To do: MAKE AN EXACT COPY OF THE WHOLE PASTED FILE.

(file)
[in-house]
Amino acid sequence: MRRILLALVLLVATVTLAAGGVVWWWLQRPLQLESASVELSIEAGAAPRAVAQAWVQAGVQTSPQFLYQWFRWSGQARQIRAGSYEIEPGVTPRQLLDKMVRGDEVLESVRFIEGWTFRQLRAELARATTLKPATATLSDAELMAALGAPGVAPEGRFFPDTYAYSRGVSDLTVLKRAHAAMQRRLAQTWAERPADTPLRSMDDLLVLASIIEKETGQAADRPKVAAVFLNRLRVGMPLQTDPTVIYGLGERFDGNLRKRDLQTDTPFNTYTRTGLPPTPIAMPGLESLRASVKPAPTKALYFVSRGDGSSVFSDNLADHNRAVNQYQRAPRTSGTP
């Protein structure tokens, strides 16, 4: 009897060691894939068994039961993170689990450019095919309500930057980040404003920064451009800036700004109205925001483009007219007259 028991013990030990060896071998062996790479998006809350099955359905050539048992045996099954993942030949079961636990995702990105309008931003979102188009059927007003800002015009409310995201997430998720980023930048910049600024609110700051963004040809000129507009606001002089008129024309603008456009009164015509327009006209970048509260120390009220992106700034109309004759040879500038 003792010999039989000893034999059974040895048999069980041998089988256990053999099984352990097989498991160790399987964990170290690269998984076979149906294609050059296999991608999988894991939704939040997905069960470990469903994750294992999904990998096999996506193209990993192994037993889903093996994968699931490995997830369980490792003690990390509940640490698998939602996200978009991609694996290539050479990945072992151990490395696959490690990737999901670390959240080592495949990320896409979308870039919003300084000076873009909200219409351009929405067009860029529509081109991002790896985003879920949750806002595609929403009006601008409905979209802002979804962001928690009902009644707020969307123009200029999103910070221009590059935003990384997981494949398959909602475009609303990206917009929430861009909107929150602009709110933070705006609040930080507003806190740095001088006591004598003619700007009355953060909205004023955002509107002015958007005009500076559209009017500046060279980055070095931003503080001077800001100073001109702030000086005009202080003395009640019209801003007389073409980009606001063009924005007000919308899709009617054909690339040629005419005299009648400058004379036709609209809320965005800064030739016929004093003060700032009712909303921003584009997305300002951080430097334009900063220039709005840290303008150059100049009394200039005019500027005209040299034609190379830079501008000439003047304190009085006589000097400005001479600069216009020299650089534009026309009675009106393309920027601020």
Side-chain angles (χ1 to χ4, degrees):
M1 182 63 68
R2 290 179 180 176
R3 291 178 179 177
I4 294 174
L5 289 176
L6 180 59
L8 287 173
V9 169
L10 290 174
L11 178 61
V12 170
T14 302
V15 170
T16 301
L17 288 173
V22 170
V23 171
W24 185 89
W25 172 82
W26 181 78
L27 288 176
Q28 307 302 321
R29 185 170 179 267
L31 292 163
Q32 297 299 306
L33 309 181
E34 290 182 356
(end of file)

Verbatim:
[in-house]
Amino acid sequence: MRRILLALVLLVATVTLAAGGVVWWWLQRPLQLESASVELSIEAGAAPRAVAQAWVQAGVQTSPQFLYQWFRWSGQARQIRAGSYEIEPGVTPRQLLDKMVRGDEVLESVRFIEGWTFRQLRAELARATTLKPATATLSDAELMAALGAPGVAPEGRFFPDTYAYSRGVSDLTVLKRAHAAMQRRLAQTWAERPADTPLRSMDDLLVLASIIEKETGQAADRPKVAAVFLNRLRVGMPLQTDPTVIYGLGERFDGNLRKRDLQTDTPFNTYTRTGLPPTPIAMPGLESLRASVKPAPTKALYFVSRGDGSSVFSDNLADHNRAVNQYQRAPRTSGTP
């Protein structure tokens, strides 16, 4: 009897060691894939068994039961993170689990450019095919309500930057980040404003920064451009800036700004109205925001483009007219007259 028991013990030990060896071998062996790479998006809350099955359905050539048992045996099954993942030949079961636990995702990105309008931003979102188009059927007003800002015009409310995201997430998720980023930048910049600024609110700051963004040809000129507009606001002089008129024309603008456009009164015509327009006209970048509260120390009220992106700034109309004759040879500038 003792010999039989000893034999059974040895048999069980041998089988256990053999099984352990097989498991160790399987964990170290690269998984076979149906294609050059296999991608999988894991939704939040997905069960470990469903994750294992999904990998096999996506193209990993192994037993889903093996994968699931490995997830369980490792003690990390509940640490698998939602996200978009991609694996290539050479990945072992151990490395696959490690990737999901670390959240080592495949990320896409979308870039919003300084000076873009909200219409351009929405067009860029529509081109991002790896985003879920949750806002595609929403009006601008409905979209802002979804962001928690009902009644707020969307123009200029999103910070221009590059935003990384997981494949398959909602475009609303990206917009929430861009909107929150602009709110933070705006609040930080507003806190740095001088006591004598003619700007009355953060909205004023955002509107002015958007005009500076559209009017500046060279980055070095931003503080001077800001100073001109702030000086005009202080003395009640019209801003007389073409980009606001063009924005007000919308899709009617054909690339040629005419005299009648400058004379036709609209809320965005800064030739016929004093003060700032009712909303921003584009997305300002951080430097334009900063220039709005840290303008150059100049009394200039005019500027005209040299034609190379830079501008000439003047304190009085006589000097400005001479600069216009020299650089534009026309009675009106393309920027601020």
Side-chain angles (χ1 to χ4, degrees):
M1 182 63 68
R2 290 179 180 176
R3 291 178 179 177
I4 294 174
L5 289 176
L6 180 59
L8 287 173
V9 169
L10 290 174
L11 178 61
V12 170
T14 302
V15 170
T16 301
L17 288 173
V22 170
V23 171
W24 185 89
W25 172 82
W26 181 78
L27 288 176
Q28 307 302 321
R29 185 170 179 267
L31 292 163
Q32 297 299 306
L33 309 181
E34 290 182 356